1. Mortgage APR: If you only look at the interest rate of your loan, you are missing a key part of your payments. Your mortgage APR includes not only your interest rate but also your lender’s fees for a cumulative total of debt.
  2. Escrow: This is a term that comes up frequently in the homebuying process and refers to money that you pay to your lender for things like tax and insurance. These costs are included in your monthly payments and then adjusted by your lender at the end of each year.
  3. Closing costs: These are fees that you pay on the loan principal, amounting to about 2% to 5% and adding several thousand dollars to your bottom line. Your closing costs will include things like your credit check, title search and appraisal.

How to find the best mortgage rates

There are also some things you can do to improve your mortgage rate. Paying down existing debts and improving your credit score are easy ways to make your application more attractive to lenders.

You should also consider the many options available to you. Though a risky prospect for some, an adjustable-rate mortgage has proven advantageous for many after COVID-19 caused markets to spiral.

There are many terms and lenders that may be available to you, such as a 15-year loan versus a 30-year loan. Before you commit to a loan, it’s important to run the numbers to ensure that you really are getting the best deal for you.

How to choose the right mortgage lender

There are several different kinds of lenders that you can work with for your mortgage. There are private lenders who offer conventional loans, and the Department of Veteran Affairs sponsors the VA loans, but there are other kinds of lenders, too.

Credit unions are an excellent way to leverage your membership for exclusive low rates on your home loan. There are also mortgage bankers who offer loans specific to a single financial institution and correspondent lenders that are typically local providers that are an affiliate of a larger bank.

Research your options to see what home loans and mortgage rates are available from different vendors. You may be surprised by what you find.

Lenders with the best mortgage rates

The best mortgage rates in 2020 can change quickly, but there are some of the top mortgage lenders available.

Bank of America

  • 15-year fixed rate of 2.500% (2.852% APR)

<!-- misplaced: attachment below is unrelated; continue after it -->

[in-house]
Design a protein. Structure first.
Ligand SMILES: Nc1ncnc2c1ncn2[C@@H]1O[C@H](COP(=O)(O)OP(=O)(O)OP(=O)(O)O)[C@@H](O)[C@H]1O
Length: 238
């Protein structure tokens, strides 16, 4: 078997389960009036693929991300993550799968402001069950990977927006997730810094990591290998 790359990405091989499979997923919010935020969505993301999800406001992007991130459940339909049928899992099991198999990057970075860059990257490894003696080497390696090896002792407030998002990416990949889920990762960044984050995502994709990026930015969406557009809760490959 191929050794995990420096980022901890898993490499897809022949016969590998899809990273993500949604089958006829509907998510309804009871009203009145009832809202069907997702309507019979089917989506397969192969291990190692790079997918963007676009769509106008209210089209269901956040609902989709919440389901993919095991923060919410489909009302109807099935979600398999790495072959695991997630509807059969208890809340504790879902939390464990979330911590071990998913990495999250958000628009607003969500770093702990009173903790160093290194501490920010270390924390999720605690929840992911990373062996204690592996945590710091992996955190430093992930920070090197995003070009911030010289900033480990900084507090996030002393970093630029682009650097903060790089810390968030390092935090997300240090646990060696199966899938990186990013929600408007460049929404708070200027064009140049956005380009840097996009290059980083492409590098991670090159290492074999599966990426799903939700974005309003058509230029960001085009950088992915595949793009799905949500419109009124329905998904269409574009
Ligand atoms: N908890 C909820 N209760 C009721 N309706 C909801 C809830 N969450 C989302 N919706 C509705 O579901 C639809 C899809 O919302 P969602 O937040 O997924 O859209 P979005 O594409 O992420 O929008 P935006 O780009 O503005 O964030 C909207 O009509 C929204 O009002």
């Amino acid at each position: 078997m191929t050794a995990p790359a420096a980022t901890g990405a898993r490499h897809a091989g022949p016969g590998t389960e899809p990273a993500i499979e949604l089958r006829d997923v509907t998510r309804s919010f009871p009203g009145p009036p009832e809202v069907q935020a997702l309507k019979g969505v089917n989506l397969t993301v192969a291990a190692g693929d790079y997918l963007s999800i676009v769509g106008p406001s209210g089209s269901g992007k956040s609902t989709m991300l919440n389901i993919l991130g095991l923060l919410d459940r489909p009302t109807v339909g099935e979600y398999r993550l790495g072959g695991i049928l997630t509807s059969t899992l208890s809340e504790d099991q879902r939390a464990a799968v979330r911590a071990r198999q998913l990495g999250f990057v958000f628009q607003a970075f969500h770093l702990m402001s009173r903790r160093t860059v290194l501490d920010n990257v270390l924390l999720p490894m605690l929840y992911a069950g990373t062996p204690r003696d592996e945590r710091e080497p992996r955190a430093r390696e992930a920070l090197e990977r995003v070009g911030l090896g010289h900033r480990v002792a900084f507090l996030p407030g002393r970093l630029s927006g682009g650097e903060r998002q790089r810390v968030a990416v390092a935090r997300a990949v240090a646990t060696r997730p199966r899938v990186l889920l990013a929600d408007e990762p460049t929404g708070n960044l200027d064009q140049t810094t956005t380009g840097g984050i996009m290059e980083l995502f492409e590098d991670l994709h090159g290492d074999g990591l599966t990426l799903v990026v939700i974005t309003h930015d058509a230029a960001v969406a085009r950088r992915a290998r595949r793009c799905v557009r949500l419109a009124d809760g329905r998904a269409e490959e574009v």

• 30-year fixed rate of 3.375% (3.563% APR)
  • 5/1 ARM variable of 2.750% (2.937% APR)

Wells Fargo

  • 15-year fixed rate of 2.500% (2.703% APR)
  • 20-year fixed rate of 2.875% (3.019%% APR)
  • 30-year fixed rate of 3.000% (3.093% APR)
  • 7/1 ARM variable of 2.750% (2.851% APR)
  • 5/1 ARM variable of 2.625% (2.827% APR)

Quicken Loans

  • 10-year fixed rate of 2.5% (3.093% APR)
  • 15-year fixed rate of 2.5% (2.942% APR)
  • 30-year fixed rate of 2.99% (3.236% APR)

US Bank

  • 10-year fixed rate of 2.625% (2.805% APR)
  • 15-year fixed rate of 2.625% (2.748% APR)
  • 20-year fixed rate of 3.000% (3.096% APR)
  • 30-year fixed rate of 3.250% (3.319% APR)
  • 10/1 ARM variable of 4.250% (3.797% APR)
  • 5/1 ARM variable of 3.625% (3.204% APR)
  • 3/1 ARM variable of 4.500% (3.356% APR)

Rates accurate as of July 15, 2020

Too long, didn’t read?

As the market continues to fluctuate in response to the coronavirus pandemic, it’s more important than ever to pay attention to real estate market trends. Shopping your options for a home loan can help you determine whether a fixed rate or adjustable rate is best, how long of a loan you will need and even what kind of a down payment you will need to make.

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Lena Borrelli
Lena Borrelli
Contributing Writer

Lena Borrelli is a Tampa-based freelance writer who has worked with leading industry titans, such as Morgan Stanley, Wells Fargo, and Simon Corporation. Her work has most recently been published on sites like TIME, ADT, Fiscal Tiger, Bankrate and Home Advisor, as well as many other websites and blogs around the world.

Reviewed by

  • Courtney Mihocik is an editor at The Simple Dollar who specializes in insurance, personal finance, and loans. Previously, she wrote and edited for Interest.com, PersonalLoans.org, Ballantyne Magazine, Thread Magazine, The Post, ACRN, The New Political, Columbus Alive and the Institute for International Journalism.